Polyurethane sealing discs on cleaning pigs-characterization and dynamic behaviour
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- Master's theses (TN-IKM) 
Pipeline pigging enhances flow rate and corrosion control. Pigging is made possible by the sealing element of the pig, of which polyurethane is the chief material used. Polyurethane raw materials are; polyols, isocyanates, water, methylene chloride, catalyst, chain extenders, colourants, air and additives. These raw materials are combined on 'systems' rather than a straight-forward formula, and are formulated to achieve predetermined properties in order to suit end applications. The main aim of this thesis is to develop a deeper understanding of keeping pipeline as much as possible to the as-built condition, as efficient and predictable seal discs facilitate safe and efficient pigging. Keeping maximum continuous flow reduces cost and also increase the life span of the pipeline. This is achieved by the understanding precisely shore grade 65, 75 and 85 used for pigging operations. The structure of this thesis is divided into four parts. The first part involves the determination of the material properties of shore grade 65, 75 and 85 at temperatures of 20°C, 40°C, 60°C, 70°C and 80°C. The material properties of shore grade 65, 75 and 85 are achieved from the stress-strain curve of the polyurethane at the different temperature using tensile test machine. Shore grades are heat treated to the required temperature of minimum of 12 hours in an oven or refrigerator before the tensile test. The second part of the thesis is using the stress - strain data as an input into finite element material database, hence finite element model of the seal discs geometry is created to determine resulting deflection, static reacting forces on the wall. This was achieved by the application of step incremental displacement on the pig discs into the 8’’ pipeline in order to generate the static behavior of pig of shore grade 65, 75, & 85 at different temperature. The third part of the thesis involves the use of stress-strain data to perform transient dynamic analysis of seal discs with shore grade 65, 75 and 85 at 20 °C. This is to determine resulting deflection, and “kinetic reacting forces on the wall”. This was achieved by the application of differential pressure on the pig so as to drive it into the 8’’ pipeline in order to generate the dynamic behavior of pig (shore 65, 75, & 85) at 20 °C. Finally, a verification test on the time travel of pig (shore grade 65, 75 & 85) on a test rig 8’’x12m long was performed in IK AS facility Forus.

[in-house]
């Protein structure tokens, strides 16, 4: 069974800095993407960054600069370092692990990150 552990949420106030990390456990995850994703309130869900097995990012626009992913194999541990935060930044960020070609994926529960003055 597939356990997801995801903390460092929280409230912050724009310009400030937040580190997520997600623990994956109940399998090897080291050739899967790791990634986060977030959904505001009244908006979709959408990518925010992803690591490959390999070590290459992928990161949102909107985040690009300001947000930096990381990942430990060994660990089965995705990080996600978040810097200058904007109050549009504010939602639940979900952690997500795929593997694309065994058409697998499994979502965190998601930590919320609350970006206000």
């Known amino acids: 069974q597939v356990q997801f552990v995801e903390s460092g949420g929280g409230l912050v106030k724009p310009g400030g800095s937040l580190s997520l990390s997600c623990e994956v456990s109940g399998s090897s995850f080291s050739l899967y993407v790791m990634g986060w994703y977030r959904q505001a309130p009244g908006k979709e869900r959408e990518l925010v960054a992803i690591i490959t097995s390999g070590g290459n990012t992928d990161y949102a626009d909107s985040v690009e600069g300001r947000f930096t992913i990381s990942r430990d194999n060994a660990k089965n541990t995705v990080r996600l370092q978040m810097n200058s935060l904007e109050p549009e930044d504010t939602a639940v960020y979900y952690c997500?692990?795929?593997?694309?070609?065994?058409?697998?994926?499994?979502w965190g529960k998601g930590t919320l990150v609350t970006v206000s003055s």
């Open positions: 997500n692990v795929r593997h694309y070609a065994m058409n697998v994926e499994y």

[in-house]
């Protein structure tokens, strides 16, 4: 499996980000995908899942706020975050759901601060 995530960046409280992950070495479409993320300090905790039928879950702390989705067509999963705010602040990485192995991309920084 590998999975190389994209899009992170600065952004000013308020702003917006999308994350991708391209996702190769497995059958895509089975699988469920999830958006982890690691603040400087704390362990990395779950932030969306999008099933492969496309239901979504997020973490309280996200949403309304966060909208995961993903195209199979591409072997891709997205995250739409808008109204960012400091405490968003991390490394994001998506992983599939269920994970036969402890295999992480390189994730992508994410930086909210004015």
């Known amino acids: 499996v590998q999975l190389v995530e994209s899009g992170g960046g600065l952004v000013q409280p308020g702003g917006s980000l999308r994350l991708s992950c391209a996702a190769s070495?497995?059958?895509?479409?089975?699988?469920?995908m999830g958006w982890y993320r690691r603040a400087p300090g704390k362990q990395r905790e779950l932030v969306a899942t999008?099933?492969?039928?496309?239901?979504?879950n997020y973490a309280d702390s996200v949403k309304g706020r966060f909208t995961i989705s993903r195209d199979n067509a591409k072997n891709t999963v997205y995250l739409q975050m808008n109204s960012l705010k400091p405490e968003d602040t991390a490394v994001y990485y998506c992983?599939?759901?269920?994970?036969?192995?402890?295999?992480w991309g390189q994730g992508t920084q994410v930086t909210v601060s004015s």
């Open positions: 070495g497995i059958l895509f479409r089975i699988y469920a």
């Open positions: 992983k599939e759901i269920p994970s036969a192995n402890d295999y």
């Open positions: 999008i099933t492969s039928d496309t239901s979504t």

Master's thesis in Offshore technology : marine and subsea